Sunday, August 7, 2016

Memory Loss

Seldom have I chosen a more poetically appropriate image to illustrate a post. Some may have been accurate as documentation for an event or object, but in terms of metaphor, this one tops everything.

The post's title is also appropriate on several levels, because it describes both a physiological condition associated with age, and a consequence of technological malfunction. Combinations of the two, it seems, can turn into catastrophes of major import to the one who experiences them.

And so, the fog-blanketed Inyos outside of my hometown, photographed on our way out of Owens Valley in the winter of 2014, symbolize aptly the conditions perpetrated by my ageing brain and my lack of expertise in things computer-related. For most of the past twenty years, since I first purchased my web domain (in 1997) and began this blog (in 2007), I've gotten by--flying by the seat of my pants, knowing just what I needed to know to do what needed doing. For the most part, this has worked. I hadn't really had the time while I was still working to learn the skills I needed to design better websites or properly manipulate images, or even understand more about the technical side of what I was doing. I simply winged it, and stayed lucky.

Until this week.  In the process of trying to diminish my download files, I ended up wiping out most of the document files on my Mac.  After my panic had subsided enough, I bought some recovery software (probably not the best one I could have, but it gave me a free download to try it out), and I've managed to recover what seem to be the most important files (after long days of painstakingly opening, sorting, and filing over the last week).  Some are still accessible elsewhere, having been uploaded with webfiles on Owldroppings,  but the short-term stuff (some recent journal entries, budget files, and lists of which ancestors lived with whom every ten years between 1850 and 1930) is gone, like much of my own short-term memory. And so are the e-mail letters I transcribed from my father when I decided to preserve them in case my e-mail account tanked. These I will miss the most.

Only a week or so before this happened, I had mentioned to the Beloved Spouse that I really needed to get an external hard drive to back up my stuff. But, still being something of a procrastinator, I hadn't gotten around to it. Well, now I have. There's a nice, compact little 1T machine plugged into the Mac to aid my Time Machine so that I don't have to go through this again.

In the meantime, I've probably lost my P22 fonts (although I haven't tried to recover graphics and images; the scans are saved so I can do that later), along with stuff I probably don't remember I had. Which is undoubtedly a good thing. I could get the fonts back, even though they're on 3.5" floppies (I've got a USB floppy drive)--except that we recycled them earlier in the summer when we started cleaning out the garage.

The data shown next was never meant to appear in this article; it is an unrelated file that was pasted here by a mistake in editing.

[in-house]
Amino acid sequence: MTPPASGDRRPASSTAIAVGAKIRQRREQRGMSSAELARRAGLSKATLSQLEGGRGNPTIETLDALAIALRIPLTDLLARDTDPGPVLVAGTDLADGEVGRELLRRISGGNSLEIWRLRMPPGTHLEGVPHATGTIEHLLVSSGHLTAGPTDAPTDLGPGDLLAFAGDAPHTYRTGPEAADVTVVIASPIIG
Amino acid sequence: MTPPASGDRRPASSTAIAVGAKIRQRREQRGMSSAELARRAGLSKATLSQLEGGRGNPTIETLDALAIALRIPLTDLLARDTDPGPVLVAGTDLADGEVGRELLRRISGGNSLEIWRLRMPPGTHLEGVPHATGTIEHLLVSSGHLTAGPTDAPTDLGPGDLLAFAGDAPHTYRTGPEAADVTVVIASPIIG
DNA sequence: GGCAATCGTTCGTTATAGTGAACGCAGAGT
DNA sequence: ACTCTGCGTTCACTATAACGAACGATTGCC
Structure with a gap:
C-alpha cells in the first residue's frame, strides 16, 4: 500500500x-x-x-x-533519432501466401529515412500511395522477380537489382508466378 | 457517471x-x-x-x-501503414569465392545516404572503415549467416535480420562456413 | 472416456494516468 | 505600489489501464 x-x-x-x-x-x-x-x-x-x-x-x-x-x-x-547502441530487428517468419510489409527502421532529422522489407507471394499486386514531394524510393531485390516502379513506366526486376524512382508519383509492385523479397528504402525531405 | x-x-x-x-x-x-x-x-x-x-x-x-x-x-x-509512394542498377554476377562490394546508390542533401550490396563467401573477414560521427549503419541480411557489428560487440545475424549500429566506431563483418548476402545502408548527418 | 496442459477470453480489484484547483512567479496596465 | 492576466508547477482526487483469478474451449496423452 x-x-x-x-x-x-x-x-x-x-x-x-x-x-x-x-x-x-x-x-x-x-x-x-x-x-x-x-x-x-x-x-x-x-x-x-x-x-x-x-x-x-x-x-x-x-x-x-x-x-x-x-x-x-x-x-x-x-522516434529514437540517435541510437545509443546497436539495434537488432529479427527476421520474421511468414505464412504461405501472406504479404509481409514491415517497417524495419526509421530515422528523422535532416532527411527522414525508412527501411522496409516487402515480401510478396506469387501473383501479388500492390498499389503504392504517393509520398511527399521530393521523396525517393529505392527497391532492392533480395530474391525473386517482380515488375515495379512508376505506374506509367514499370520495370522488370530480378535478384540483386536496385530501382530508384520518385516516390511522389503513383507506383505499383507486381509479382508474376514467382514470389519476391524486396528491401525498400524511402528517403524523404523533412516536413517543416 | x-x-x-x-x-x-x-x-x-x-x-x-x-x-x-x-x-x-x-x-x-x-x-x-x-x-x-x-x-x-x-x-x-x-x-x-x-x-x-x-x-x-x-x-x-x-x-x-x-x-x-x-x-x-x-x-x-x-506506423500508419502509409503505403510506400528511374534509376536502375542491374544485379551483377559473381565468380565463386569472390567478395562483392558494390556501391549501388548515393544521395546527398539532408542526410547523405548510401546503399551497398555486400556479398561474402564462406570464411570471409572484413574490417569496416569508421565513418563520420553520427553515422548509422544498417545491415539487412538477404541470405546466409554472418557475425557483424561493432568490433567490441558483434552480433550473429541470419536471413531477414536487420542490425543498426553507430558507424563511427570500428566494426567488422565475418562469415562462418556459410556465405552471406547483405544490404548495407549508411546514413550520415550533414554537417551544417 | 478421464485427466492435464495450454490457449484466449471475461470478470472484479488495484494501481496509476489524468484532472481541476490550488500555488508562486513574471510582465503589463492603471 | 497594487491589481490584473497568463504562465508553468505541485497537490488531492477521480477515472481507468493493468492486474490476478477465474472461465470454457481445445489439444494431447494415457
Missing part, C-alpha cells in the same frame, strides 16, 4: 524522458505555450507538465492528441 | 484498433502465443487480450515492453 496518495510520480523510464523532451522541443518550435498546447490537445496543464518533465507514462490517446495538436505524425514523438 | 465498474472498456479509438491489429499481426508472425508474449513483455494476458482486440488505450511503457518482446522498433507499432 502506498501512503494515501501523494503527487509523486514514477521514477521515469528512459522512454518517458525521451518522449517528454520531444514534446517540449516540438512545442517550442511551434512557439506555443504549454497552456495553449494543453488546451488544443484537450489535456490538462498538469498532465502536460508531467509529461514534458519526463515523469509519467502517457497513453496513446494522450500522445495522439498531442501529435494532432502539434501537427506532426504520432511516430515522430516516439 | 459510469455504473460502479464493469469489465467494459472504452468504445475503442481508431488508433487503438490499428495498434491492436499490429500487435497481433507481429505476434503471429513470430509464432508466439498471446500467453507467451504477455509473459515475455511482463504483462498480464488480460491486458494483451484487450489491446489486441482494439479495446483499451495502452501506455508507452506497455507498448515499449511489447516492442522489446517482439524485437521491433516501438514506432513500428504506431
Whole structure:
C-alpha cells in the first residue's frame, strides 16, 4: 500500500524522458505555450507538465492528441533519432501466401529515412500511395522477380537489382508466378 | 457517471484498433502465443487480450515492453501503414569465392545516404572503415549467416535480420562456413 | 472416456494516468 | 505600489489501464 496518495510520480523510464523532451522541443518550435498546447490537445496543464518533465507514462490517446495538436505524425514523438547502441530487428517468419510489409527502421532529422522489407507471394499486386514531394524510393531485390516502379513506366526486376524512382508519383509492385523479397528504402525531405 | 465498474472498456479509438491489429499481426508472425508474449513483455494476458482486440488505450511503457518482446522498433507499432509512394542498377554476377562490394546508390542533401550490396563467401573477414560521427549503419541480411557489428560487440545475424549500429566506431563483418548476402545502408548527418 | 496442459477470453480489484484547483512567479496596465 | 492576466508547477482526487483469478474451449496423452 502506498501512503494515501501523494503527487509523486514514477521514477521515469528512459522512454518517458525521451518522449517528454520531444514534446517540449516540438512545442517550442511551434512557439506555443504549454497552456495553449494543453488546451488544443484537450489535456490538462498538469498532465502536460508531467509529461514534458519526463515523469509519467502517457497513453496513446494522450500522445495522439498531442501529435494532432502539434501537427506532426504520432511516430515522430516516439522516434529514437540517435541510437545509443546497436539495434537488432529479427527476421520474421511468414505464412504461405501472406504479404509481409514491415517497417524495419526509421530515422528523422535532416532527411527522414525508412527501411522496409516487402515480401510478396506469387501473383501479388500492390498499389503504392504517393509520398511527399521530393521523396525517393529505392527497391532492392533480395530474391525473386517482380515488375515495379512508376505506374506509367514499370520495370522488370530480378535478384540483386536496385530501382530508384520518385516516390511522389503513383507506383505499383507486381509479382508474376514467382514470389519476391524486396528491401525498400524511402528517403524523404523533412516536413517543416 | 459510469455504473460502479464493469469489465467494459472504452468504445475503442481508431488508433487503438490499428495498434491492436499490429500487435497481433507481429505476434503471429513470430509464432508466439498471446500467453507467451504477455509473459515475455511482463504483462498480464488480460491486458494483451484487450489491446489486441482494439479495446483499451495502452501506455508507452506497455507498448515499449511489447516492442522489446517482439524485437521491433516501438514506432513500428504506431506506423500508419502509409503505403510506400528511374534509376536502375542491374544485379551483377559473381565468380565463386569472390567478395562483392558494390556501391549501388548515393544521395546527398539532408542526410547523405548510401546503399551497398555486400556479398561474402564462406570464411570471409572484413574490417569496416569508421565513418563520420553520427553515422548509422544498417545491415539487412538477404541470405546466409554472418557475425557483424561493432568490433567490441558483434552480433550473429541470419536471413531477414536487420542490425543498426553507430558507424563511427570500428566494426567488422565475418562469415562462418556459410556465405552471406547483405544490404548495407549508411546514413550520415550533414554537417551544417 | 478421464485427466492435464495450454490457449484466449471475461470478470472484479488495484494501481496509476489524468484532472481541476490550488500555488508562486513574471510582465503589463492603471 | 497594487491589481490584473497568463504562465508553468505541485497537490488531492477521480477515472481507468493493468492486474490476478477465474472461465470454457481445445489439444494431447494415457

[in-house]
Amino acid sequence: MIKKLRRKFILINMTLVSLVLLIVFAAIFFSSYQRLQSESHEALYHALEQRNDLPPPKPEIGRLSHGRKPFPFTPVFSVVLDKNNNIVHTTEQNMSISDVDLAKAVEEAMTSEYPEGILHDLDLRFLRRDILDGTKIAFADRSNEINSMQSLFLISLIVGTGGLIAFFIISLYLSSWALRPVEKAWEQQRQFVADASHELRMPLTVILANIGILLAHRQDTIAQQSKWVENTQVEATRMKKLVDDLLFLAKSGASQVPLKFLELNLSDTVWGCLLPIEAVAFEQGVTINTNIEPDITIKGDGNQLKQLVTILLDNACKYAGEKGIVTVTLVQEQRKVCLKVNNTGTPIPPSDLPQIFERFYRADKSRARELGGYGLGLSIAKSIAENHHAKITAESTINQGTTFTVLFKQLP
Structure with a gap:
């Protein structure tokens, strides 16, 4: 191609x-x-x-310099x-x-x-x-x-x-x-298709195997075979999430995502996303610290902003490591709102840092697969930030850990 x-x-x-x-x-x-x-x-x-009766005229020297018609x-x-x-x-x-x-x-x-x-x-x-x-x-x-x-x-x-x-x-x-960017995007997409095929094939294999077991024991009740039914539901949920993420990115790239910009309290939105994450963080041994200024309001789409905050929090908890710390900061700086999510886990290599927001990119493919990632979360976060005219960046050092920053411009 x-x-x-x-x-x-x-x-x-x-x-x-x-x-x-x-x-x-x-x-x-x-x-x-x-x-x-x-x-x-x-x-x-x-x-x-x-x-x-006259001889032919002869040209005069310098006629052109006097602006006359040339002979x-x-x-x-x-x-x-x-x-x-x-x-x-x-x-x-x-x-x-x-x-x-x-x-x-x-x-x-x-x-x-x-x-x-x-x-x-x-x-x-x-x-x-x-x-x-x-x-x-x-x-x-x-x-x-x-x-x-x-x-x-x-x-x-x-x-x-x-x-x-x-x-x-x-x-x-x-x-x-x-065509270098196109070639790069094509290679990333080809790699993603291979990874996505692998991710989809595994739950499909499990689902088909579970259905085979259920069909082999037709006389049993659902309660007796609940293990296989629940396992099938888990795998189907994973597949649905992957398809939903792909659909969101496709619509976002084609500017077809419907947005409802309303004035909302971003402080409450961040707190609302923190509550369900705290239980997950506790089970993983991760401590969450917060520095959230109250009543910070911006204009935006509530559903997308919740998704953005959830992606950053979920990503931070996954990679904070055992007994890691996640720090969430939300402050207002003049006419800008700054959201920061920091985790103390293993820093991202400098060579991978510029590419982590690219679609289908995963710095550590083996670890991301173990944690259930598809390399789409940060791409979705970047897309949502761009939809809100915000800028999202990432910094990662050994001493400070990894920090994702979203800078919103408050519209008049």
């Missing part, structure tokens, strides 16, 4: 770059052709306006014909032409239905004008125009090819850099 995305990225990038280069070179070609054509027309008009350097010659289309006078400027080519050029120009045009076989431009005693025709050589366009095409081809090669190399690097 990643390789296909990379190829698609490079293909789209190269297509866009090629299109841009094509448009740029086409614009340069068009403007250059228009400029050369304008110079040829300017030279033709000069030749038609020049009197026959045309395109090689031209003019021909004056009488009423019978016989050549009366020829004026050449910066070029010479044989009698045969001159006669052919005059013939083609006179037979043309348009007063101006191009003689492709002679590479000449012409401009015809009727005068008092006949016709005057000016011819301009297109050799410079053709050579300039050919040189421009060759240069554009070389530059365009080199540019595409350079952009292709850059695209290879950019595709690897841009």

I'm getting over it--probably as a side-effect of Black Heart (the ability to forget losses engendered by the frequent up-rootings of life as a military brat). I'll eventually go back over the Ancestry census files I've attached to ancestral names in order to reconstruct the Excel files I built to help sort out familial mysteries (such as which Hannah Scofield is really my grandfather's grandmother). I'll rebuild my new budget template, which will be relatively easy now that it lacks two major expenditures per month (the mortgage and the Jeep having been paid off--although my "red-letter day" account of the events is now gone from my journal), and two fewer paydays. I'll probably wake up in a cold sweat some night not long from now, upon suddenly realizing that something critical is missing and I haven't yet realized it, but I'm hopeful that I've come through the worst of it.

I did manage to recover the stories I've been working on over the years, and both Word and .pdf versions of More News From Nowhere (in case the web version disappears in the EMP). Even the most recent of my "Old Bats In Space" efforts was recovered. Its potential loss may have been my biggest fear because I'd spent a couple of weeks revising it and bringing it up to date, just before the end of July.  Nothing after July 31 seems to have survived at all.

Thus, in an effort to start fresh, I've redesigned my blog template a little--although it's only temporary. I need to work on it more, but thought that the new banner and template might help to cheer me up and get me back into the spirit of things.

That, and I will be taking advantage of Google's archiving tools.  I'm not sure what I'd do if I lost the last 9.5 years of the Farm. The image on the banner, by the way, is another shot from Winter 2014--taken at Uhlmeyer Spring.

What this experience has taught me is that the current mania for simplifying, de-cluttering, and paring down may have serious consequences for those of us who value the past. I'm certainly going to be a great deal more careful about what I toss--and how I go about "deleting.". My children don't know it yet, but they're the ones who will have to do the final sorting, because I'm going to be much more reluctant to diminish the family archives while anyone's still around who might care about them.

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